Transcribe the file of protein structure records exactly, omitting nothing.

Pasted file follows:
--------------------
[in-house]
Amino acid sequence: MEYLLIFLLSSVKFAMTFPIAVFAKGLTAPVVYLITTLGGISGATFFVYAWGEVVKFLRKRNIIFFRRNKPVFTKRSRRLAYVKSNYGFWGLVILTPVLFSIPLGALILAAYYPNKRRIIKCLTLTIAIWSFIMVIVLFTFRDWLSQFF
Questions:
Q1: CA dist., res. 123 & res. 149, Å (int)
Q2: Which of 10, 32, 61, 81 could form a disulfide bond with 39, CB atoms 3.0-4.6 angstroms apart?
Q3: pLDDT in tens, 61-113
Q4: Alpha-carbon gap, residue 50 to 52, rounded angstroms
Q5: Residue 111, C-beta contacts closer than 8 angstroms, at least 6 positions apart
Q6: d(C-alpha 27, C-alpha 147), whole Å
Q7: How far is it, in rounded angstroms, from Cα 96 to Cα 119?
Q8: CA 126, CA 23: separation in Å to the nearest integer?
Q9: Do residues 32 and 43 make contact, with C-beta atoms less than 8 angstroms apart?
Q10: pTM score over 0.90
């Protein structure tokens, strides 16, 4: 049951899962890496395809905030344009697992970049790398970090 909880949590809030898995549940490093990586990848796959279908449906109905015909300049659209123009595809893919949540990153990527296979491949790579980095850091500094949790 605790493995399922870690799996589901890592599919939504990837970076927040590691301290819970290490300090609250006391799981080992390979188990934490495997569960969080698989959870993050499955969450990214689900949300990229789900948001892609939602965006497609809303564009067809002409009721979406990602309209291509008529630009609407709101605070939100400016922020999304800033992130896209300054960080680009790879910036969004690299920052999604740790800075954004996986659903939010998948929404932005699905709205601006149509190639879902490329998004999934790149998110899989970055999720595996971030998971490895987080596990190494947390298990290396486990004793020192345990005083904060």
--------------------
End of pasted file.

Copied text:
[in-house]
Amino acid sequence: MEYLLIFLLSSVKFAMTFPIAVFAKGLTAPVVYLITTLGGISGATFFVYAWGEVVKFLRKRNIIFFRRNKPVFTKRSRRLAYVKSNYGFWGLVILTPVLFSIPLGALILAAYYPNKRRIIKCLTLTIAIWSFIMVIVLFTFRDWLSQFF
Questions:
Q1: CA dist., res. 123 & res. 149, Å (int)
Q2: Which of 10, 32, 61, 81 could form a disulfide bond with 39, CB atoms 3.0-4.6 angstroms apart?
Q3: pLDDT in tens, 61-113
Q4: Alpha-carbon gap, residue 50 to 52, rounded angstroms
Q5: Residue 111, C-beta contacts closer than 8 angstroms, at least 6 positions apart
Q6: d(C-alpha 27, C-alpha 147), whole Å
Q7: How far is it, in rounded angstroms, from Cα 96 to Cα 119?
Q8: CA 126, CA 23: separation in Å to the nearest integer?
Q9: Do residues 32 and 43 make contact, with C-beta atoms less than 8 angstroms apart?
Q10: pTM score over 0.90
């Protein structure tokens, strides 16, 4: 049951899962890496395809905030344009697992970049790398970090 909880949590809030898995549940490093990586990848796959279908449906109905015909300049659209123009595809893919949540990153990527296979491949790579980095850091500094949790 605790493995399922870690799996589901890592599919939504990837970076927040590691301290819970290490300090609250006391799981080992390979188990934490495997569960969080698989959870993050499955969450990214689900949300990229789900948001892609939602965006497609809303564009067809002409009721979406990602309209291509008529630009609407709101605070939100400016922020999304800033992130896209300054960080680009790879910036969004690299920052999604740790800075954004996986659903939010998948929404932005699905709205601006149509190639879902490329998004999934790149998110899989970055999720595996971030998971490895987080596990190494947390298990290396486990004793020192345990005083904060």